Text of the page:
Effect of a multicomponent quality improvement strategy on sustained achievement of diabetes care goals and macrovascular and microvascular complications in South Asia at 6.5 years follow-up: Post hoc analyses of the CARRS randomized clinical trial

Mohammed K. Ali, Kavita Singh, Dimple Kondal, Raji Devarajan, Shivani A. Patel, V. Usha Menon, Premlata K. Varthakavi, Vijay Vishwanathan, Mala Dharmalingam, Ganapati Bantwa, Rakesh Kumar Sahay, Muhammad Qamar Masood, Rajesh Khadgawat, Ankush Desai, Dorairaj Prabhakaran, K. M.Venkat Narayan, Nikhil Tandon

Research output: Contribution to journalArticlepeer-review

Abstract

Background Diabetes control is poor globally and leads to burdensome microvascular and macrovascular complications. We aimed to assess post hoc between-group differences in sustained risk factor control and macrovascular and microvascular endpoints at 6.5 years in the Center for cArdiovascular Risk Reduction in South Asia (CARRS) randomized trial. Methods and findings This parallel group individual randomized clinical trial was performed at 10 outpatient diabetes clinics in India and Pakistan from January 2011 through September 2019. A total of 1,146 patients with poorly controlled type 2 diabetes (HbA1c ≥8% and systolic BP ≥140 mm Hg and/or LDL-cholesterol ≥130 mg/dl) were randomized to a multicomponent quality improvement (QI) strategy (trained nonphysician care coordinator to facilitate care for patients and clinical decision support system for physicians) or usual care. At 2.5 years, compared to usual care, those receiving the QI strategy were significantly more likely to achieve multiple risk factor control. Six clinics continued, while 4 clinics discontinued implementing the QI strategy for an additional 4-year follow-up (overall median 6.5 years followup). In this post hoc analysis, using intention-to-treat, we examined between-group differences in multiple risk factor control (HbA1c <7% plus systolic BP <130 mm Hg and/or LDLcholesterol <100 mg/dl) and first macrovascular endpoints (nonfatal myocardial infarction, nonfatal stroke, death, revascularization [angioplasty or coronary artery bypass graft]), which were coprimary outcomes. We also examined secondary outcomes, namely, single risk factor control, first microvascular endpoints (retinopathy, nephropathy, neuropathy), and composite first macrovascular plus microvascular events (which also included amputation and all-cause mortality) by treatment group and whether QI strategy implementation was continued over 6.5 years. At 6.5 years, assessment data were available for 854 participants (74.5%; n = 417 [intervention]; n = 437 [usual care]). In terms of sociodemographic and clinical characteristics, participants in the intervention and usual care groups were similar and participants at sites that continued were no different to participants at sites that discontinued intervention implementation. Patients in the intervention arm were more likely to exhibit sustained multiple risk factor control than usual care (relative risk: 1.79; 95% confidence interval [CI], 1.45, 2.20), p < 0.001. Cumulatively, there were 233 (40.5%) first microvascular and macrovascular events in intervention and 274 (48.0%) in usual care patients (absolute risk reduction: 7.5% [95% CI: -13.2, -1.7], p = 0.01; hazard ratio [HR] = 0.72 [95% CI: 0.61, 0.86]), p < 0.001. Patients in the intervention arm experienced lower incidence of first microvascular endpoints (HR = 0.68 [95% CI: 0.56, 0.83), p < 0.001, but there was no evidence of between-group differences in first macrovascular events. Beneficial effects on microvascular and composite vascular outcomes were observed in sites that continued, but not sites that discontinued the intervention. Conclusions In urban South Asian clinics, a multicomponent QI strategy led to sustained multiple risk factor control and between-group differences in microvascular, but not macrovascular, endpoints. Between-group reductions in vascular outcomes at 6.5 years were observed only at sites that continued the QI intervention, suggesting that practice change needs to be maintained for better population health of people with diabetes.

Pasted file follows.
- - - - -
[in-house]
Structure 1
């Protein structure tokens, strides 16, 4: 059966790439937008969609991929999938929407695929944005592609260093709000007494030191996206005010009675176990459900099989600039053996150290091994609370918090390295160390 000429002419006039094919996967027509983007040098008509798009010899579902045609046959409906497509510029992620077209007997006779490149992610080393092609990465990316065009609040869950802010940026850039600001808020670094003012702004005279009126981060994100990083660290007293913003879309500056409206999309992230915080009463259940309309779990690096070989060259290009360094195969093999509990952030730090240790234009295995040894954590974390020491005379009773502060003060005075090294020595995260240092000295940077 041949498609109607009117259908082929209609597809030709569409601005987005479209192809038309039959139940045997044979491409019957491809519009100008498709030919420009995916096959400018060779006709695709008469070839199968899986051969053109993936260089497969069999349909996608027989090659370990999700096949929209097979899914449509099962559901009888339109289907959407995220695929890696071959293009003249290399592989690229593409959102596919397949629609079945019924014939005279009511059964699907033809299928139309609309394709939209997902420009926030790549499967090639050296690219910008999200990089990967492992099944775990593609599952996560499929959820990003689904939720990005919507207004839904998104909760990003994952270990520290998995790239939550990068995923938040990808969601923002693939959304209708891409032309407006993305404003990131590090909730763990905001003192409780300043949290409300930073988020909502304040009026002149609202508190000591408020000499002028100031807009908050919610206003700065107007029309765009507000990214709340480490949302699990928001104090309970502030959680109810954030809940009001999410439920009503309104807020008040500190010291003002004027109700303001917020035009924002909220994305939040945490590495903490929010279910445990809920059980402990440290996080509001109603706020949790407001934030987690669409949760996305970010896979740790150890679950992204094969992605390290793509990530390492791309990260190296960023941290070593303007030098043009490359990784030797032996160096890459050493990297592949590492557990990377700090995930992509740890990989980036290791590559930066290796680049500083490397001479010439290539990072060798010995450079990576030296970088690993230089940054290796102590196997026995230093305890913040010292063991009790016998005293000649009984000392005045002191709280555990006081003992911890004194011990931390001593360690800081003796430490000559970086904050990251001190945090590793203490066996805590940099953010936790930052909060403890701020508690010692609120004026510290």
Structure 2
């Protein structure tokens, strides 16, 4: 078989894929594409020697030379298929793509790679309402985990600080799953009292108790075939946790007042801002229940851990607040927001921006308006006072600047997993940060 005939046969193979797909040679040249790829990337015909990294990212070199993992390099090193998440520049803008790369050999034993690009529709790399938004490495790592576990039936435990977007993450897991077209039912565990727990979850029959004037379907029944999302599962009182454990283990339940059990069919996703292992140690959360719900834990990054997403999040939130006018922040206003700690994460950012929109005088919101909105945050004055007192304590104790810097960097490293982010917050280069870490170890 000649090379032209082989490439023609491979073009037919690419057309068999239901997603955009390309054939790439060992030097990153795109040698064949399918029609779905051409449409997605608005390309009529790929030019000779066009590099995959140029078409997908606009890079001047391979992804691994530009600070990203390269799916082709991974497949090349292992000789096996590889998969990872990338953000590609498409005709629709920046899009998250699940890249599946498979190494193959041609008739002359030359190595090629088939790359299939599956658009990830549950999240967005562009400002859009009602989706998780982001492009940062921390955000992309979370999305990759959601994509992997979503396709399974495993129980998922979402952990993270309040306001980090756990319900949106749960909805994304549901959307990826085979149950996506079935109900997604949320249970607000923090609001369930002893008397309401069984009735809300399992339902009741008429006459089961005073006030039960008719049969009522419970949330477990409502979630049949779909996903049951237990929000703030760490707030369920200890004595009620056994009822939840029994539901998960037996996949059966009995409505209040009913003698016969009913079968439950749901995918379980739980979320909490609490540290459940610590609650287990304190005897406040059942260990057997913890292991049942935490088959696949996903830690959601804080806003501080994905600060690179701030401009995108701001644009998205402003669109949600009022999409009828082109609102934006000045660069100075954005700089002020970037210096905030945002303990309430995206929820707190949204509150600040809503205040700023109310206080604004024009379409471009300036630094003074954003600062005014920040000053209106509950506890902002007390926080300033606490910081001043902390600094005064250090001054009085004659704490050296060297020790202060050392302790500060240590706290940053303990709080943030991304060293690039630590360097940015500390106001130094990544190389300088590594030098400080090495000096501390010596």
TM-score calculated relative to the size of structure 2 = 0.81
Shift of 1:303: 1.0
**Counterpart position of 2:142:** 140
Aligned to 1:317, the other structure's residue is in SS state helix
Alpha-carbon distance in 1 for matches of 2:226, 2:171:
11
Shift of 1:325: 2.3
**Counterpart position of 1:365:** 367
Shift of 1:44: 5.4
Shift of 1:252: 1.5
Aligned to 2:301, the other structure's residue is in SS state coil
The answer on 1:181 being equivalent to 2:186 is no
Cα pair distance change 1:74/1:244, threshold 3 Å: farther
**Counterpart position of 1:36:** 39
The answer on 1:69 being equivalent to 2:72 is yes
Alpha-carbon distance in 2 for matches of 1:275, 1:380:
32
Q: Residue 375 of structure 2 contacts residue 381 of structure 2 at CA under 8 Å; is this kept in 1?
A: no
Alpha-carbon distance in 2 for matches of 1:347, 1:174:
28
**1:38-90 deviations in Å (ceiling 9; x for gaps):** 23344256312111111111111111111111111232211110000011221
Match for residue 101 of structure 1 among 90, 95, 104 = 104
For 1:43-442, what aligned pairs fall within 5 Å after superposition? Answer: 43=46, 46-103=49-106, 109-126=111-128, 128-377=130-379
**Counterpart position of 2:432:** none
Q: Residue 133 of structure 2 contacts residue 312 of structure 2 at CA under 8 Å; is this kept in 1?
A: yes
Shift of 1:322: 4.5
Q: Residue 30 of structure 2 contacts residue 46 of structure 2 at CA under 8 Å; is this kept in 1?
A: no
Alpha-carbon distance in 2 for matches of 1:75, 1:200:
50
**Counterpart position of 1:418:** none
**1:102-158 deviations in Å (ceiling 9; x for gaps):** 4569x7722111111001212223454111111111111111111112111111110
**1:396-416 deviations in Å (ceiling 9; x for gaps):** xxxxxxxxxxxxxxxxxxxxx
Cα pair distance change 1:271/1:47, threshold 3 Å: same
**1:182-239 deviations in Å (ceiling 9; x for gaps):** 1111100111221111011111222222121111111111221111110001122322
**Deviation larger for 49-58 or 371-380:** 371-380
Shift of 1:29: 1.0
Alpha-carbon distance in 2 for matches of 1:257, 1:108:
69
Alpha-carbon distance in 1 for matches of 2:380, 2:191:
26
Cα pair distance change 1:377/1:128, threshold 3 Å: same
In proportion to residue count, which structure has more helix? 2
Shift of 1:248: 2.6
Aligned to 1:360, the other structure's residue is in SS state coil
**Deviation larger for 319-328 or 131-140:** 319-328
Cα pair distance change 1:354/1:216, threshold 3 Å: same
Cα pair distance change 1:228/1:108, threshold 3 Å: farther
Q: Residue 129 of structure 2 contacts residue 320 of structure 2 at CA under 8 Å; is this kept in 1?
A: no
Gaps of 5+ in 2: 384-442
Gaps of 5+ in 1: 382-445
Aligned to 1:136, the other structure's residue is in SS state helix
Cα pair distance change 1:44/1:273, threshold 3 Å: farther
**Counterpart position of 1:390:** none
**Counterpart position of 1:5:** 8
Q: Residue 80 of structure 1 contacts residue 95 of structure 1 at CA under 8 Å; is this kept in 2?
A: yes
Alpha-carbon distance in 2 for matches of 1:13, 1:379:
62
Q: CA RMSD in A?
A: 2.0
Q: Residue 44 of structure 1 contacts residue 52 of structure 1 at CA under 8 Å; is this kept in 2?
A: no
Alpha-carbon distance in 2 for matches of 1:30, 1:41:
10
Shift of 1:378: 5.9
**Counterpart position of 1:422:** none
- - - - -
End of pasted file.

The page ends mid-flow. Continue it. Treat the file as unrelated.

Original languageEnglish
Article numbere1004335
JournalPLoS Medicine
Volume21
Issue number6 JUNE
DOIs
Publication statusPublished - Jun 2024

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